The impact of adopting a mainstreamed model of service provision: The experiences of university staff members
Eastern College, Department of Education
Faculty of Education and Arts
Office of Associate Dean - Teaching and Learning (FEA)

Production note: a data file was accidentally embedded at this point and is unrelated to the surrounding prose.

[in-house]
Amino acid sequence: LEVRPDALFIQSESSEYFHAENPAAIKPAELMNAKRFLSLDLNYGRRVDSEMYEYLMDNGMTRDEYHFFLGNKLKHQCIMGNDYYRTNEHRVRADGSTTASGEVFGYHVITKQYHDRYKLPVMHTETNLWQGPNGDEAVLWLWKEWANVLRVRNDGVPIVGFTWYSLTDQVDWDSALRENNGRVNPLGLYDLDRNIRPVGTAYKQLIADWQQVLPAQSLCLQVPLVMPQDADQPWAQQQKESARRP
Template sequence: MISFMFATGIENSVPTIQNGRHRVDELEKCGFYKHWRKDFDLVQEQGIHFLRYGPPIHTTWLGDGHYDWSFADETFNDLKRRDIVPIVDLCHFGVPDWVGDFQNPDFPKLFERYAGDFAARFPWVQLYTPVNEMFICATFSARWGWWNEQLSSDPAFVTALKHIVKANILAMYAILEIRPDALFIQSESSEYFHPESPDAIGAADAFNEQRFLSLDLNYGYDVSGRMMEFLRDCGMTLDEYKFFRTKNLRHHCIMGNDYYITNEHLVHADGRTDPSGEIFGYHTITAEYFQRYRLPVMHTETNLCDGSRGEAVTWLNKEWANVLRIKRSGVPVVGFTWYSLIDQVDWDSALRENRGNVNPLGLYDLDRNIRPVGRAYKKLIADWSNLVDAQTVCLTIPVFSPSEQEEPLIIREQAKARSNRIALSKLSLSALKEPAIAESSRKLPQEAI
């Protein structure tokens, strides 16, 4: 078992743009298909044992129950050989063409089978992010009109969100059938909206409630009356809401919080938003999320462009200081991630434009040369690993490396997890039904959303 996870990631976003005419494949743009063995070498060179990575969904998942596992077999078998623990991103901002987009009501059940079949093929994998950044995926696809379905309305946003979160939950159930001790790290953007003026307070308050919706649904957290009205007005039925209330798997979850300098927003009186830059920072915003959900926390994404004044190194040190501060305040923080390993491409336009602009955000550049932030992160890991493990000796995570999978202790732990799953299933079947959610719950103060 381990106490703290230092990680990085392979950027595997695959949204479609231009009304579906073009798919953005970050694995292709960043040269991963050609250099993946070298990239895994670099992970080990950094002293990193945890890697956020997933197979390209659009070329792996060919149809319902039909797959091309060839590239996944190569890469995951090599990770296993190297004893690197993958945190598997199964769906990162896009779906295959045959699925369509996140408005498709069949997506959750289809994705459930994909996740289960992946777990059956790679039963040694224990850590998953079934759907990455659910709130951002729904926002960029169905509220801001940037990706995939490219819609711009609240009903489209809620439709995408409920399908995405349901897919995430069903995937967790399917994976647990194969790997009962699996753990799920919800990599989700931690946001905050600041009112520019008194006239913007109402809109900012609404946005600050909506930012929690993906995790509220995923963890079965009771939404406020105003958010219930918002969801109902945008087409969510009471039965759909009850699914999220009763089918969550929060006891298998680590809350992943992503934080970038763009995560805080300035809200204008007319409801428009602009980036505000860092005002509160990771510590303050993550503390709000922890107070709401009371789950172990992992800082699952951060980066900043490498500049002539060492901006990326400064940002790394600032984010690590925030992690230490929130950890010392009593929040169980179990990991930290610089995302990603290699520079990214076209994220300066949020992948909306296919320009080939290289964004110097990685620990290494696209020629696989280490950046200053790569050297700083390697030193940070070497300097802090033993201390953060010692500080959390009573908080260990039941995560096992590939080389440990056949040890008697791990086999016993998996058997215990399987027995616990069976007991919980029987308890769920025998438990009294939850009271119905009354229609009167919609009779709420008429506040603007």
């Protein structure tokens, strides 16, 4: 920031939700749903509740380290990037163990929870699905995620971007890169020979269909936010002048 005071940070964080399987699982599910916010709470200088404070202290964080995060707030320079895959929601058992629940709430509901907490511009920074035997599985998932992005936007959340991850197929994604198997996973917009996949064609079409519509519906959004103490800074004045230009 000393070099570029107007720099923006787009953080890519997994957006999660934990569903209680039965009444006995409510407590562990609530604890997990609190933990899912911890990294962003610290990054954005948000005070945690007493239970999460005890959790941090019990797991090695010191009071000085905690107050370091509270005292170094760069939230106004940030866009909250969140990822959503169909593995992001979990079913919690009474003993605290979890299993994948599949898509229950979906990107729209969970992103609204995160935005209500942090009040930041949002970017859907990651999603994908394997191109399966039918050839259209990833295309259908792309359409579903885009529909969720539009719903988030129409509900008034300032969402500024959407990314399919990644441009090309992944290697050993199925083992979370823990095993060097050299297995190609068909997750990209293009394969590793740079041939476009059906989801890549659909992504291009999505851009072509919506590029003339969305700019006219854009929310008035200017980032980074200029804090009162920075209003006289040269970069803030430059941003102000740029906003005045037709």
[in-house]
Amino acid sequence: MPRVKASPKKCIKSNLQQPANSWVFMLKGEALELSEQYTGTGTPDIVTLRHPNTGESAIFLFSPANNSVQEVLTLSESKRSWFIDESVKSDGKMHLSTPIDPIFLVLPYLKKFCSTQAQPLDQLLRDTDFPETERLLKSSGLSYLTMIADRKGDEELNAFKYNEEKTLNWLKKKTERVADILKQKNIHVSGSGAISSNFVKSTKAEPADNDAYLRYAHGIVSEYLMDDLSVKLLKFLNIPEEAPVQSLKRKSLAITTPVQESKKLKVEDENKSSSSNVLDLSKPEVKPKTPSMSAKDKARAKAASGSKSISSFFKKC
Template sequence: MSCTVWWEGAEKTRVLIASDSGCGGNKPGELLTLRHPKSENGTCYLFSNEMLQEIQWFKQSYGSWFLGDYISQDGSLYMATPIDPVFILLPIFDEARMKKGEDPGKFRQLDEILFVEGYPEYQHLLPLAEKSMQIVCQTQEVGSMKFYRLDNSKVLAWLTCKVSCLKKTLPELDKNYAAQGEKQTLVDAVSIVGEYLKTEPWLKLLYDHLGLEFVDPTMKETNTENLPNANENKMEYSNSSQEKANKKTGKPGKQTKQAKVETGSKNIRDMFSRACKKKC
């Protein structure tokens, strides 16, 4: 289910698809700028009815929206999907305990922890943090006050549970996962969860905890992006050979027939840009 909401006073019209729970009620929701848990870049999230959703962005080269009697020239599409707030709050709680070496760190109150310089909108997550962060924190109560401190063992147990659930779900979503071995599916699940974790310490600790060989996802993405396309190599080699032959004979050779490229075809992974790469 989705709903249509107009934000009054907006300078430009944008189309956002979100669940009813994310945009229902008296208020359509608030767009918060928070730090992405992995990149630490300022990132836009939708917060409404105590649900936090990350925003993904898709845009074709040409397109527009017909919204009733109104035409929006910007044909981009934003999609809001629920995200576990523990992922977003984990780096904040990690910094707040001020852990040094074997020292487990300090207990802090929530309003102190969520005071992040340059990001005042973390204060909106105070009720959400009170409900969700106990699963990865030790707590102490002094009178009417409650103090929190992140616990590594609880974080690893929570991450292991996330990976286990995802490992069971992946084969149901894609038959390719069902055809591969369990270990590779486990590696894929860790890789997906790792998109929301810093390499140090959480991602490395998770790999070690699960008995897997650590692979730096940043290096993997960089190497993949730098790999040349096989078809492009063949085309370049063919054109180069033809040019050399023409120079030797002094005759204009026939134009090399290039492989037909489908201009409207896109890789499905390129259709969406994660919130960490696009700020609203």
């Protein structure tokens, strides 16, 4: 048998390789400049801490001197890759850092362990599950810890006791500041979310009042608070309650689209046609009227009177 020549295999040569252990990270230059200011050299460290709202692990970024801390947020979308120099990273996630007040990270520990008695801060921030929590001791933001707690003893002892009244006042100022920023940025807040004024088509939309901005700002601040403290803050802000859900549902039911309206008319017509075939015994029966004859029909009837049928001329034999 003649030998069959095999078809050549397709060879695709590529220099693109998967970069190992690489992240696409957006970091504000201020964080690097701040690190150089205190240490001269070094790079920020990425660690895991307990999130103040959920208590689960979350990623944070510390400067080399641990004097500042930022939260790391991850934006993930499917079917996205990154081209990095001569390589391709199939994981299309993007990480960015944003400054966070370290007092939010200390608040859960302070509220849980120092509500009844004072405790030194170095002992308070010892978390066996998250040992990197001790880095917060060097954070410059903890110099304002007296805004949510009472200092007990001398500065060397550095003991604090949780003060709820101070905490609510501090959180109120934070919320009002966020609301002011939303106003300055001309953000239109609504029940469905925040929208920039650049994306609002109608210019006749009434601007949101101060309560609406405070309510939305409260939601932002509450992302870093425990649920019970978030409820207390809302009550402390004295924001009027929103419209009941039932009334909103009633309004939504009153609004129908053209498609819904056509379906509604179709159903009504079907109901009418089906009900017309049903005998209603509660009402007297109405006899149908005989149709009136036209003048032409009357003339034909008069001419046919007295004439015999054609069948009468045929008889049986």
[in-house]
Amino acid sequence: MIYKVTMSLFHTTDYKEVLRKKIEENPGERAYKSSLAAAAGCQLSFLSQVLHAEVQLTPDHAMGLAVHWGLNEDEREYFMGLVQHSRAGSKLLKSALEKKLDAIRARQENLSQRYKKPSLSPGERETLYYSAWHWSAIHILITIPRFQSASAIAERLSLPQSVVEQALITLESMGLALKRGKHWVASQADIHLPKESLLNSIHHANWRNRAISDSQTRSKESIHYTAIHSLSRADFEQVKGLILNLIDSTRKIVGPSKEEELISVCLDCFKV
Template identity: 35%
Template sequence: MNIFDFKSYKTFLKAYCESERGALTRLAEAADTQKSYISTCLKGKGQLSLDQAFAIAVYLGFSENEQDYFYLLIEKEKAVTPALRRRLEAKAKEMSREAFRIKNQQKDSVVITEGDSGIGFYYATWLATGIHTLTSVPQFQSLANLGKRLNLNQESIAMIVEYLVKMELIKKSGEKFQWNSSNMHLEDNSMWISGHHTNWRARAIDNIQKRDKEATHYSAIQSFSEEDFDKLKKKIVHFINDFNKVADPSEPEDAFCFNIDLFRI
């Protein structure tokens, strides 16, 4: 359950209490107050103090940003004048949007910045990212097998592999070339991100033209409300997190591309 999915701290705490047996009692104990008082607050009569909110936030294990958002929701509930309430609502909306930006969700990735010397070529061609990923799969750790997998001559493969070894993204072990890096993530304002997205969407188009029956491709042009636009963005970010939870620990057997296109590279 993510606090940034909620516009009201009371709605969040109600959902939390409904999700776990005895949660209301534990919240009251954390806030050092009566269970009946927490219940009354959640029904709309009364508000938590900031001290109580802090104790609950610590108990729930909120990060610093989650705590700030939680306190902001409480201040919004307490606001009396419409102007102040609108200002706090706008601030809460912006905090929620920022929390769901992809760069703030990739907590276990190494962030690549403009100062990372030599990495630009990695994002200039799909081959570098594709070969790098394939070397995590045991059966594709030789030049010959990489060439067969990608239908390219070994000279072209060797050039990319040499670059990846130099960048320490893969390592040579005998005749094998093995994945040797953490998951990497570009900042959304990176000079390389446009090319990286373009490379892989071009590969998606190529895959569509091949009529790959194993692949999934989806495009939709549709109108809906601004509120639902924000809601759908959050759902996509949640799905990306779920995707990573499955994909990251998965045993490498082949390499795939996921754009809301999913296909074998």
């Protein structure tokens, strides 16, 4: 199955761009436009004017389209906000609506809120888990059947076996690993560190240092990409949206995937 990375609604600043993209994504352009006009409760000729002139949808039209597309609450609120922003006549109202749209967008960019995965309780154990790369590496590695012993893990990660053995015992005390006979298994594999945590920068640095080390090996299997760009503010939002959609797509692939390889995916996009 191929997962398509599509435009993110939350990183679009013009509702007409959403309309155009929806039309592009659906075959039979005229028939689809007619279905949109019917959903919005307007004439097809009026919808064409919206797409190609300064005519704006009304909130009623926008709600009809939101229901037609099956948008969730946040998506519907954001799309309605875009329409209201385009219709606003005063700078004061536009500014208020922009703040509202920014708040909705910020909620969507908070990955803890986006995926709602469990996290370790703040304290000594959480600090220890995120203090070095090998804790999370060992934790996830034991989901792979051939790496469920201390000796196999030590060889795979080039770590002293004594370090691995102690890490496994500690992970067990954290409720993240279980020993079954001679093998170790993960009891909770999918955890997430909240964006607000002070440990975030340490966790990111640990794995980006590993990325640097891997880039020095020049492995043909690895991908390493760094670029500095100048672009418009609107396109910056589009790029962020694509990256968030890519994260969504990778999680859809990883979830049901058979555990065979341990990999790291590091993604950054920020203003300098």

A qualitative case study examined the challenges of service provision and utilization regarding international students at an Australian university. Using a Social Constructivist Grounded Theory methodology, 73 participants were interviewed, including 38 staff members (16 academic, 22 non-academic), 25 international students, and 10 domestic students. The university had recently changed its model of service provision from specialised to mainstreamed. All students became viewed as one cohort, with the same needs, accessing the same services. Challenges associated with this move were discussed, and it was found that opinions about the effects of the new model depended on the staff members' role at the university and how much contact they had with international students. Teaching and support staff members reported struggling when working with international students under this model of service provision, and staff members reported facing challenges in providing support outside of their role descriptions, lack of specialised staff, and lack of specialised services. It was concluded that the use of this model, added to increasing enrolment numbers and decreasing support both for staff and students, could lead to an increased likelihood that some staff view and treat some international students with a "deficit" lens.